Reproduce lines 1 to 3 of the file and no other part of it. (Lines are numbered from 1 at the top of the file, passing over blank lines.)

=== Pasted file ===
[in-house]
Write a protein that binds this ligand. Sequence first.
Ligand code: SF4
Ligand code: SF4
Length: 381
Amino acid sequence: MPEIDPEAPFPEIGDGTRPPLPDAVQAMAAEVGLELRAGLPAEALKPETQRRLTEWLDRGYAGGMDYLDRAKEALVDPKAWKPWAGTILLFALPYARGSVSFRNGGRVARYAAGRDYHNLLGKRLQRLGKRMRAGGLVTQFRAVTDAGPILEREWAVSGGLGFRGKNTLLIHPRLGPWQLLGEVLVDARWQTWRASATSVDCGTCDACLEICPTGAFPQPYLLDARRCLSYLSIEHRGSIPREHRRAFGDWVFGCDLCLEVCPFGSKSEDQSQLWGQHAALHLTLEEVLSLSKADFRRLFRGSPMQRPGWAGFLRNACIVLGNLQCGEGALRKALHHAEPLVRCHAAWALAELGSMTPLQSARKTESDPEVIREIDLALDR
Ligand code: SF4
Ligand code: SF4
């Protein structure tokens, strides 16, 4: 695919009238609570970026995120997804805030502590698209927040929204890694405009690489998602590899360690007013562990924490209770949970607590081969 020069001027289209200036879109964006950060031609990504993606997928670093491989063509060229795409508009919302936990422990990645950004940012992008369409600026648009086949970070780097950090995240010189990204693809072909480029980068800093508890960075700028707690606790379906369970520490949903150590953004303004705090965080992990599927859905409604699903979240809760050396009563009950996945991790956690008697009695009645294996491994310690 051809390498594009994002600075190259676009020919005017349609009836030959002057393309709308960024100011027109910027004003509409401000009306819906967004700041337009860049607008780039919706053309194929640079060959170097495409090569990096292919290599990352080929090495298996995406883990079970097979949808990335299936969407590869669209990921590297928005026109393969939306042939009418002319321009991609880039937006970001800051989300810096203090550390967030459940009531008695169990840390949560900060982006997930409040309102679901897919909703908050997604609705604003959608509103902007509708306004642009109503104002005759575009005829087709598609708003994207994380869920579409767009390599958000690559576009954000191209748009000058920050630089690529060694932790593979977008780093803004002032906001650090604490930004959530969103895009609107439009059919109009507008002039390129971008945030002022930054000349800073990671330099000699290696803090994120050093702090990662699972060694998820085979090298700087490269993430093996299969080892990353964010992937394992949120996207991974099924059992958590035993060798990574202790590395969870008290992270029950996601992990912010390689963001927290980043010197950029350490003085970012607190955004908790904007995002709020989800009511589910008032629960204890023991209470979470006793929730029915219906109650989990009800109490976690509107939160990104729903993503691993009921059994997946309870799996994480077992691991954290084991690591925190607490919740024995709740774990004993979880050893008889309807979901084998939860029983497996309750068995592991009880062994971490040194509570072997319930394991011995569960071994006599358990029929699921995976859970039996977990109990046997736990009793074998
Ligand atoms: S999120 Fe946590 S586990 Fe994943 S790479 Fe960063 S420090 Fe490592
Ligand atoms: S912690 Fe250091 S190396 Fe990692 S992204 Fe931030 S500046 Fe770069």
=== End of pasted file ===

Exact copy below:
[in-house]
Write a protein that binds this ligand. Sequence first.
Ligand code: SF4